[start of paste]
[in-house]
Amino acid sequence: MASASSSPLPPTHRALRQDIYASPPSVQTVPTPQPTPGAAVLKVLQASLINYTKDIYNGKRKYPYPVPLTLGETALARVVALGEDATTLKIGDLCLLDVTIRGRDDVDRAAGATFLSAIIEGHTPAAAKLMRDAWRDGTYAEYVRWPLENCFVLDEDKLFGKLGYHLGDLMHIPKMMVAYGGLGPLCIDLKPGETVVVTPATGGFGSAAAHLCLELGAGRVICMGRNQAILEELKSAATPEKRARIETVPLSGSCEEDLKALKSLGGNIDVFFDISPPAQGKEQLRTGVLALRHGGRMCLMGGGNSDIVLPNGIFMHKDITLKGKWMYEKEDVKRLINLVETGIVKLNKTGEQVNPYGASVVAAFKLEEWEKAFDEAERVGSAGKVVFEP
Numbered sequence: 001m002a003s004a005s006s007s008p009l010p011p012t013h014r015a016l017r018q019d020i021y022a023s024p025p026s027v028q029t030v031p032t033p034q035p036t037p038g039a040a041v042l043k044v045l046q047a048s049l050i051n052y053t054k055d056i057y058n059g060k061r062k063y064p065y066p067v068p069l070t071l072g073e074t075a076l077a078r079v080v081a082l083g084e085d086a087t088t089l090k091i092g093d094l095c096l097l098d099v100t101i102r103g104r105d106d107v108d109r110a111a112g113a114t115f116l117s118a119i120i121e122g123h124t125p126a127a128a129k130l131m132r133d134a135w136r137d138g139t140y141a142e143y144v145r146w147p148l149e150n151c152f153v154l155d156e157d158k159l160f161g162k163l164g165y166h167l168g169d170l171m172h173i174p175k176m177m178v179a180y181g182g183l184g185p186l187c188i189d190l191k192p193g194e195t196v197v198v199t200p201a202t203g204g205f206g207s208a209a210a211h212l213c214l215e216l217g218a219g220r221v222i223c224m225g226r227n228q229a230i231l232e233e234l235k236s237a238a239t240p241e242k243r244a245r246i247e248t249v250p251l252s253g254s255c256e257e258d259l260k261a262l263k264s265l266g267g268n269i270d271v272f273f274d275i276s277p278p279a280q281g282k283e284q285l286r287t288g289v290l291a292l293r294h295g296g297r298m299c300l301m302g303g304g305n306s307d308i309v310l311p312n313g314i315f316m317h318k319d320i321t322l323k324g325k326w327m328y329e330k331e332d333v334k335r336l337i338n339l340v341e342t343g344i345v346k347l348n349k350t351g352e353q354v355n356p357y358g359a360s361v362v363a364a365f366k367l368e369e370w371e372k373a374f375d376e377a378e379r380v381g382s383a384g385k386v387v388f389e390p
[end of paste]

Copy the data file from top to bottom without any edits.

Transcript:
[in-house]
Amino acid sequence: MASASSSPLPPTHRALRQDIYASPPSVQTVPTPQPTPGAAVLKVLQASLINYTKDIYNGKRKYPYPVPLTLGETALARVVALGEDATTLKIGDLCLLDVTIRGRDDVDRAAGATFLSAIIEGHTPAAAKLMRDAWRDGTYAEYVRWPLENCFVLDEDKLFGKLGYHLGDLMHIPKMMVAYGGLGPLCIDLKPGETVVVTPATGGFGSAAAHLCLELGAGRVICMGRNQAILEELKSAATPEKRARIETVPLSGSCEEDLKALKSLGGNIDVFFDISPPAQGKEQLRTGVLALRHGGRMCLMGGGNSDIVLPNGIFMHKDITLKGKWMYEKEDVKRLINLVETGIVKLNKTGEQVNPYGASVVAAFKLEEWEKAFDEAERVGSAGKVVFEP
Numbered sequence: 001m002a003s004a005s006s007s008p009l010p011p012t013h014r015a016l017r018q019d020i021y022a023s024p025p026s027v028q029t030v031p032t033p034q035p036t037p038g039a040a041v042l043k044v045l046q047a048s049l050i051n052y053t054k055d056i057y058n059g060k061r062k063y064p065y066p067v068p069l070t071l072g073e074t075a076l077a078r079v080v081a082l083g084e085d086a087t088t089l090k091i092g093d094l095c096l097l098d099v100t101i102r103g104r105d106d107v108d109r110a111a112g113a114t115f116l117s118a119i120i121e122g123h124t125p126a127a128a129k130l131m132r133d134a135w136r137d138g139t140y141a142e143y144v145r146w147p148l149e150n151c152f153v154l155d156e157d158k159l160f161g162k163l164g165y166h167l168g169d170l171m172h173i174p175k176m177m178v179a180y181g182g183l184g185p186l187c188i189d190l191k192p193g194e195t196v197v198v199t200p201a202t203g204g205f206g207s208a209a210a211h212l213c214l215e216l217g218a219g220r221v222i223c224m225g226r227n228q229a230i231l232e233e234l235k236s237a238a239t240p241e242k243r244a245r246i247e248t249v250p251l252s253g254s255c256e257e258d259l260k261a262l263k264s265l266g267g268n269i270d271v272f273f274d275i276s277p278p279a280q281g282k283e284q285l286r287t288g289v290l291a292l293r294h295g296g297r298m299c300l301m302g303g304g305n306s307d308i309v310l311p312n313g314i315f316m317h318k319d320i321t322l323k324g325k326w327m328y329e330k331e332d333v334k335r336l337i338n339l340v341e342t343g344i345v346k347l348n349k350t351g352e353q354v355n356p357y358g359a360s361v362v363a364a365f366k367l368e369e370w371e372k373a374f375d376e377a378e379r380v381g382s383a384g385k386v387v388f389e390p